On March 18, 2020, President Trump signed the first of what is likely to be a flurry of legislative responses that provide relief and benefits to those impacted by the COVID-19 pandemic. The Families First Coronavirus Response Act (FFCRA) is an emergency bill that is effective not later than April 2, 2020, and is set to expire on December 31, 2020. It contains a number of provisions that may be of interest to employers, but this article will specifically focus on the following two aspects of the bill:
- Group health plan mandates to cover FDA-approved COVID19 testing.
- Employer requirements to provide emergency paid sick leave to employees and the expansion of FMLA.
Coverage for and No Cost Sharing of Certain COVID-19 Services
FFCRA requires that any group health plan, regardless of size, must provide coverage for the COVID-19 test and the related health care provider visit necessary to order or administer the test. Not only must these services be covered at 100% (with no deductible or copay applied), no prior authorizations, pre-certifications, or other medical management provisions may be imposed. It appears that it will come down to the discretion of the health care provider to determine the necessity of the test based upon clinical judgment and applicable state laws.
The IRS had previously issued guidance that provided that a high deductible health plan (HDHP) could provide first dollar coverage of COVID-19 testing without impacting the plan’s status as an HSA eligible HDHP.
This requirement to cover testing costs starts immediately upon the enactment of this bill and will continue until the Secretary of the Department of Health and Human Services determines that the public health emergency has expired.
FFCRA specifically applies to testing and evaluation for testing but it does not mandate that resulting treatment costs be provided without cost sharing. Employers will want to discuss these cost sharing waivers with their medical claims administrators and decide how to best communicate these provisions to covered employees.
Emergency Sick Leave and FMLA Expansion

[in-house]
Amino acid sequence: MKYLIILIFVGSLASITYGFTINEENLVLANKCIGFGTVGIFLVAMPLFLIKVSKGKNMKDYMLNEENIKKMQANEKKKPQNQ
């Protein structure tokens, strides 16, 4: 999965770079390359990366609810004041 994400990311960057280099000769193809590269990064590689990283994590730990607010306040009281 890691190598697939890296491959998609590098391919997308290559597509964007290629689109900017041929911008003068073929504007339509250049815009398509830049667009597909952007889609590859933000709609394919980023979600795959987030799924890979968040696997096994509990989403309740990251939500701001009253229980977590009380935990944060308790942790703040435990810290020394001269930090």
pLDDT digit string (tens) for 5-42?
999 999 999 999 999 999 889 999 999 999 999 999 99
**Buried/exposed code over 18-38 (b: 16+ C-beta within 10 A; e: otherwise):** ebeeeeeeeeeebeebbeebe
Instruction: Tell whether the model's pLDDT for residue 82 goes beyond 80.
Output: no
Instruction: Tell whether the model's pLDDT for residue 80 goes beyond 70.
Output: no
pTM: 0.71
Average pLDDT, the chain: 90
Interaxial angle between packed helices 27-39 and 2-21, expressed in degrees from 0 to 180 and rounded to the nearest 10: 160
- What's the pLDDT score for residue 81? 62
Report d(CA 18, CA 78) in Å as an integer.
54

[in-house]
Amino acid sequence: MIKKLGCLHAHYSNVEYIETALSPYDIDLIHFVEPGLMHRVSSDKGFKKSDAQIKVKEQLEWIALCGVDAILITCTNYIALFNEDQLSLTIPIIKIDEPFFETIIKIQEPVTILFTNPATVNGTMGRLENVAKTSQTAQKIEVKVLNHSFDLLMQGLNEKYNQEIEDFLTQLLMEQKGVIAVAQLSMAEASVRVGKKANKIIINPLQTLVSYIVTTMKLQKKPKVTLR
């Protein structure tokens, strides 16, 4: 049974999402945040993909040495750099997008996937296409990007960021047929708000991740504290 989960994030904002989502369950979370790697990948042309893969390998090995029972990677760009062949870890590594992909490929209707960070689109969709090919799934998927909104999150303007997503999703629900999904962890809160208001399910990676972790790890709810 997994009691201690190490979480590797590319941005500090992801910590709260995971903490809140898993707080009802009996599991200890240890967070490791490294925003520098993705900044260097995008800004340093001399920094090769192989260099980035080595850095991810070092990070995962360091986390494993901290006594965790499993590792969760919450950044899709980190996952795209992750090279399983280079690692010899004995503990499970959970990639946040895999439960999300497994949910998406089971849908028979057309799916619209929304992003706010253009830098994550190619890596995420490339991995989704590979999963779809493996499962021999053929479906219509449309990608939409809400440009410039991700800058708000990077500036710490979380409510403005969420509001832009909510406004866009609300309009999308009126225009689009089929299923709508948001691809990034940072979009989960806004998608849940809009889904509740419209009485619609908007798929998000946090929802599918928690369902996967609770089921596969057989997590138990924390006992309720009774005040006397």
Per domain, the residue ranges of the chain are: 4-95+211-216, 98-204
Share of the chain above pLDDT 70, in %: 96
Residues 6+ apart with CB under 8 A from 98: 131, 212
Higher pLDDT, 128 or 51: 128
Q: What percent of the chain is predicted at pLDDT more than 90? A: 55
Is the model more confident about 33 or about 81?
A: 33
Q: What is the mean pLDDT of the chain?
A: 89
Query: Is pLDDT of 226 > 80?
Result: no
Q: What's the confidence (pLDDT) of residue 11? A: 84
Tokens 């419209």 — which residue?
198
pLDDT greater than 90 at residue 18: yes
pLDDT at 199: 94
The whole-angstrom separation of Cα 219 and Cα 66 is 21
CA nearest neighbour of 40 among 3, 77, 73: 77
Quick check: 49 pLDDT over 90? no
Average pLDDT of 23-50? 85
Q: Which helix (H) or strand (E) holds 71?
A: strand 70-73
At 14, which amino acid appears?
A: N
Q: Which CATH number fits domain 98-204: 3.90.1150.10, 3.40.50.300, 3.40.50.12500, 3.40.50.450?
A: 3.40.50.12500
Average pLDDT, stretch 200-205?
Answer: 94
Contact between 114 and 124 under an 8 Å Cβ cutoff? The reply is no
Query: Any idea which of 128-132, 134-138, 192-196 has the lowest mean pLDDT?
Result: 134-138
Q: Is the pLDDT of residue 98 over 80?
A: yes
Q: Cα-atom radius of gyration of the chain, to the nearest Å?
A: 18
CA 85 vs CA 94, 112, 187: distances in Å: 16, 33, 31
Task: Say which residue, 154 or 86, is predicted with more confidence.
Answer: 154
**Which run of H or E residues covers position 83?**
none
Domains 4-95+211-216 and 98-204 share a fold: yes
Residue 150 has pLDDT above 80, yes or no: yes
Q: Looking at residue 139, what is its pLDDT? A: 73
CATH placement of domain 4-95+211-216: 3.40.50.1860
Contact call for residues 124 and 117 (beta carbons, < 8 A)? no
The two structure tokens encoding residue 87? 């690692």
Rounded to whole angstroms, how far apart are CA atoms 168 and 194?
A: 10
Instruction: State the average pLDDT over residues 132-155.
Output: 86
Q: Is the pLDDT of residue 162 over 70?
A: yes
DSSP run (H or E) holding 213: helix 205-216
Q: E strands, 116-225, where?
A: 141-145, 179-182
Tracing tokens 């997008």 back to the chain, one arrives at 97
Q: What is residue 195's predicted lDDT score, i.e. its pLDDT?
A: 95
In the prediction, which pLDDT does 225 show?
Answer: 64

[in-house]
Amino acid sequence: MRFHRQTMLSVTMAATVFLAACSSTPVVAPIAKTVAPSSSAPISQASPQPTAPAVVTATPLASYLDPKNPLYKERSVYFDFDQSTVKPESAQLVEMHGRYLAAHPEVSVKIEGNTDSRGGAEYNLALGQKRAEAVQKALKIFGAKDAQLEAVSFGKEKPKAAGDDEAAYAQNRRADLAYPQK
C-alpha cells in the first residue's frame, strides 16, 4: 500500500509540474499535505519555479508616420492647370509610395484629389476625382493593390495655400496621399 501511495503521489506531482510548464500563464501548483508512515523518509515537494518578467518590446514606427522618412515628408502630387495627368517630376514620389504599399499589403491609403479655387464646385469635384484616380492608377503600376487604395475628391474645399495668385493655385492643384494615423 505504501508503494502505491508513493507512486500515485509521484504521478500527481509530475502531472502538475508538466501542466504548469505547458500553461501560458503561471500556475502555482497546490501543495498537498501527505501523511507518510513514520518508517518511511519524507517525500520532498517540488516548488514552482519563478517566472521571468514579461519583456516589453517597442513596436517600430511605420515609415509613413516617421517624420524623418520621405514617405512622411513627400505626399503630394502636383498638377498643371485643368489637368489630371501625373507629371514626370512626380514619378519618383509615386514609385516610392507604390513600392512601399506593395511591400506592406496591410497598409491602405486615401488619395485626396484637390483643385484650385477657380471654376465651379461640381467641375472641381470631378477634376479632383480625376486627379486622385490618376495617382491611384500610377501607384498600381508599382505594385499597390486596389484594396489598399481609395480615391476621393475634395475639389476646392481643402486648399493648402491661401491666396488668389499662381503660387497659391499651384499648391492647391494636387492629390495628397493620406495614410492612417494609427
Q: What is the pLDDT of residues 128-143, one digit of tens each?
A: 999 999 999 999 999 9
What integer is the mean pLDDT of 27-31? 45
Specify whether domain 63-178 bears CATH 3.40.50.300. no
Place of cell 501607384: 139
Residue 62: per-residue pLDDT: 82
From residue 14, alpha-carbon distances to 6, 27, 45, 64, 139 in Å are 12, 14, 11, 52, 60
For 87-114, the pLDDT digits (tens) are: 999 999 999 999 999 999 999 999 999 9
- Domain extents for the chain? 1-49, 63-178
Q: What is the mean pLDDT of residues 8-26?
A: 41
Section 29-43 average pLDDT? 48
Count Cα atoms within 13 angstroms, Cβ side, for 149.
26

The relevant provisions of FFCRA apply to all public agencies and private employers with less than 500 employees, and the law requires these employers to provide paid sick leave and paid family and medical leave to employees who are impacted by Covid-19. Employers who pay for this leave that is required under FFCRA will receive refundable tax credits that can be applied against the employer portion of Social Security taxes. The amount of the tax credit varies based on the type of leave.
One explanation that was offered for not including employers with 500 or more employees in this mandate Is that larger employers often are expected to already have salary continuation programs in place and that Congress did not want to expend federal funds (through the use of refundable tax credits) to subsidize those existing programs. Under FFCRA large employers could pay these same salary continuation benefits, but they would not receive tax credits against their Social Security tax obligation. It would not be surprising to see this issue revisited in future COVID-19 relief legislation.
FFCRA provided that an employer that employs health care providers or emergency responders is not required to pay the expanded FMLA and paid sick leave. Additionally, the DOL Secretary may exempt small businesses (fewer than 50 employees) from the following requirements if they would “jeopardize the viability of the business as a going concern”. There are no additional details yet on how an employer may apply for that exemption.
Employers may not change their paid leave policies once the legislation is enacted (April 1, 2020) to avoid being subject to the Act’s paid sick time provisions.
Emergency Sick Paid Leave Act